He recently compiled some memoirs for his family and wrote the following.
We left Hillsboro, Kan., more than three decades ago, but we still think of it often. Fondly, I might add. Especially while cooking.
When Millie and I moved to Fresno, Calif., in 1982, after working for the MB Publishing House since 1975, I began taking my turn making dinner. One day I found Clara’s recipe in the Hillsboro MB Church cookbook for a pineapple/ham/green pepper casserole. It was very easy and delicious. When Millie got home from work I served it and said I should send Clara a note thanking her for an excellent recipe. “Umm, maybe not,” Millie said, “since she got this recipe from me after a potluck at the publishing house.”
“So it’s your recipe,” I said.
“No, not mine,” said Millie. “I got it from Anne Dueck.”
Ah, I thought, so it came from dear friend Anne, at whose table we dined often when she and husband Al were involved with Tabor College.
“And,” Millie went on, “Anne got it from her friend Lillian Falls when they both lived in Santa Clara, Calif.”
It had come full circle, as Lillian (nee Dahl) was originally from Hillsboro.
Amazing how recipes can float around in the public domain, pick up the imprimatur of the latest practitioner, make its way across the country, maybe even around the world, and circle back home, still tasty and succulent. No wonder so many cookbooks say “community” in their titles.
One of our standouts is Ev Seibel’s recipe for chocolate chip cookies. Millie has made thousands of them. Now our granddaughter Jordan does, too. Ev’s recipe says to slam the hot cookie sheet down on the counter after baking, supposedly to make the cookies chewier. Whether or not she was kidding, our kitchen has heard the slam of many cookie sheets. And the cookies are always chewy. We remember Ev for many fond reasons, but surely for this one.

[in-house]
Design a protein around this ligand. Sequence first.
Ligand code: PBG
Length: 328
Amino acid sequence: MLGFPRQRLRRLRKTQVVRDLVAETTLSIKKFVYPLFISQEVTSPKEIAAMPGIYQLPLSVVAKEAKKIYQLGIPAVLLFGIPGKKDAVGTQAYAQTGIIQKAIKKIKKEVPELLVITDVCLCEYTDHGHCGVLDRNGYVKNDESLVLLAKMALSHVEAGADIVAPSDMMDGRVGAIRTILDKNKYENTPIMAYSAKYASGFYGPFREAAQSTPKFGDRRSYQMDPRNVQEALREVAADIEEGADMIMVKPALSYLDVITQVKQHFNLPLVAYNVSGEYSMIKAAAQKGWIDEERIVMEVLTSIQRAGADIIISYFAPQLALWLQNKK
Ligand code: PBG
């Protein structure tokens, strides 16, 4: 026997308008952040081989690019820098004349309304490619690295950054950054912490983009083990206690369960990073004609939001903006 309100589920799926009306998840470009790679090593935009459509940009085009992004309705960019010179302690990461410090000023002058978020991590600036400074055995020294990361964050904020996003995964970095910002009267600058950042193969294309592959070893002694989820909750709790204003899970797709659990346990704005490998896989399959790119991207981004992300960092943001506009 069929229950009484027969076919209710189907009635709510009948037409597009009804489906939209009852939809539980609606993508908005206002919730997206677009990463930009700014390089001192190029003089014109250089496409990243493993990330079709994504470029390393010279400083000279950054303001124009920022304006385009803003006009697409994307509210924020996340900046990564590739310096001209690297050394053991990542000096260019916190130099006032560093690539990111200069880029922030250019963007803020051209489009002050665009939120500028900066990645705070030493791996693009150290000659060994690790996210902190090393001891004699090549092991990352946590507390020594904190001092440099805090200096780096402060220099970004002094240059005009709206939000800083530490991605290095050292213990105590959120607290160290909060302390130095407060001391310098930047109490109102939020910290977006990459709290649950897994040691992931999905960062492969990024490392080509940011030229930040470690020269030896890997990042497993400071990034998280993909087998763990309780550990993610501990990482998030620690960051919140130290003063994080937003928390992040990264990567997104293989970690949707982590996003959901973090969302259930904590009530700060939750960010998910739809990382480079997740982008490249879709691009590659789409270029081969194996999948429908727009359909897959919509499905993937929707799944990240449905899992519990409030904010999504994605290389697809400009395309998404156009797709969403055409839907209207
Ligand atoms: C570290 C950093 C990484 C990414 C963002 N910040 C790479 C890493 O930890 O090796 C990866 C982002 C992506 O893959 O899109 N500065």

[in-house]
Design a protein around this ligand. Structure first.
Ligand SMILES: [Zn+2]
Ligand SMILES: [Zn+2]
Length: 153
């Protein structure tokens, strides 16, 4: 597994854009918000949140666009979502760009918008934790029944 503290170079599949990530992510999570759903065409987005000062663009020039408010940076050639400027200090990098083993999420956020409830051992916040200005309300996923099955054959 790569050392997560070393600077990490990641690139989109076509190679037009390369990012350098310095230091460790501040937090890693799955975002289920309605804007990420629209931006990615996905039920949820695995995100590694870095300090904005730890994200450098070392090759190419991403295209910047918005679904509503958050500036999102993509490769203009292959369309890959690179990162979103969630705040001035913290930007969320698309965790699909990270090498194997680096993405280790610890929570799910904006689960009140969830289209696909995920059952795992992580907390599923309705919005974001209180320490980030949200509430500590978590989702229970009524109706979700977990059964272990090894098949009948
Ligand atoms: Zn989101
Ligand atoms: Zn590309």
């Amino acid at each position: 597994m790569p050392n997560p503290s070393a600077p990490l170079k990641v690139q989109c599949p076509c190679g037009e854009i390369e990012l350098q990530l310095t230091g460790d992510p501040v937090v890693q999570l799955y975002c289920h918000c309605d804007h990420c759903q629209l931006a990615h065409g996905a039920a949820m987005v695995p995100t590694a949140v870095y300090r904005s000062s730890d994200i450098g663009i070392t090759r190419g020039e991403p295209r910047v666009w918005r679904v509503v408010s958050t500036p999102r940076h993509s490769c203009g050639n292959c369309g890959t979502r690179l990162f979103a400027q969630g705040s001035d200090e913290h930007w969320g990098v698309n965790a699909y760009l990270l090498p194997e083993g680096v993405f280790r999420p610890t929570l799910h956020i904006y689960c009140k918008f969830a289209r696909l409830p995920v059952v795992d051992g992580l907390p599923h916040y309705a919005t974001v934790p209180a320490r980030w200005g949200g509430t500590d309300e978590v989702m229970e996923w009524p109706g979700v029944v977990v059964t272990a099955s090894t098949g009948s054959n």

Vida Bartel’s 90-minute cinnamon buns could well be the most delectable buns ever to emerge from an oven. They have become Millie’s stock-in-trade for friends who are celebrating, grieving or need some comfort food. They are known in these parts as “Millie’s cinnamon buns,” a clear but tasty case of pastry plagiarism.
The statute of limitations on that recipe has long run out, but when I munch down on one I can think, “Thank you, Vida.”
Then, too, there’s a recipe for pumpkin bread by Celia Gross, Delora Kaufman and Lucille Prieb. And innumerable other casseroles and soups. There are just too many to mention (slurp).
Our recipe files are like a Kroeker family travelogue, full of scrawls on the backs of envelopes and odd-shaped slips of paper. Only last week I cooked up a big pot of chili verde based on a recipe from Cathy Oberg when we were guests in her and Terry’s home in central California.
Back in biblical times meals symbolized fellowship, community and covenant. They were binding experiences, a common partaking of the basic elements of life. One of my seminary professors called eating together “a powerful way to break down barriers, identify with one another and affirm what we have in common.” Bible scholar William Barclay called it “one of the simplest and oldest acts of fellowship in the world.”
Think of that. In our homes you and I dine with friends and family, not foes. Food and fellowship are noble allies. How better to celebrate unity than to break bread together? Is that why the Lord employed a simple meal to launch the ordinance we call communion?
Hmm. Makes cookbooks seem almost like holy writ.
I’ll think of that next time Millie and Jordan bake slam-bam cookies together.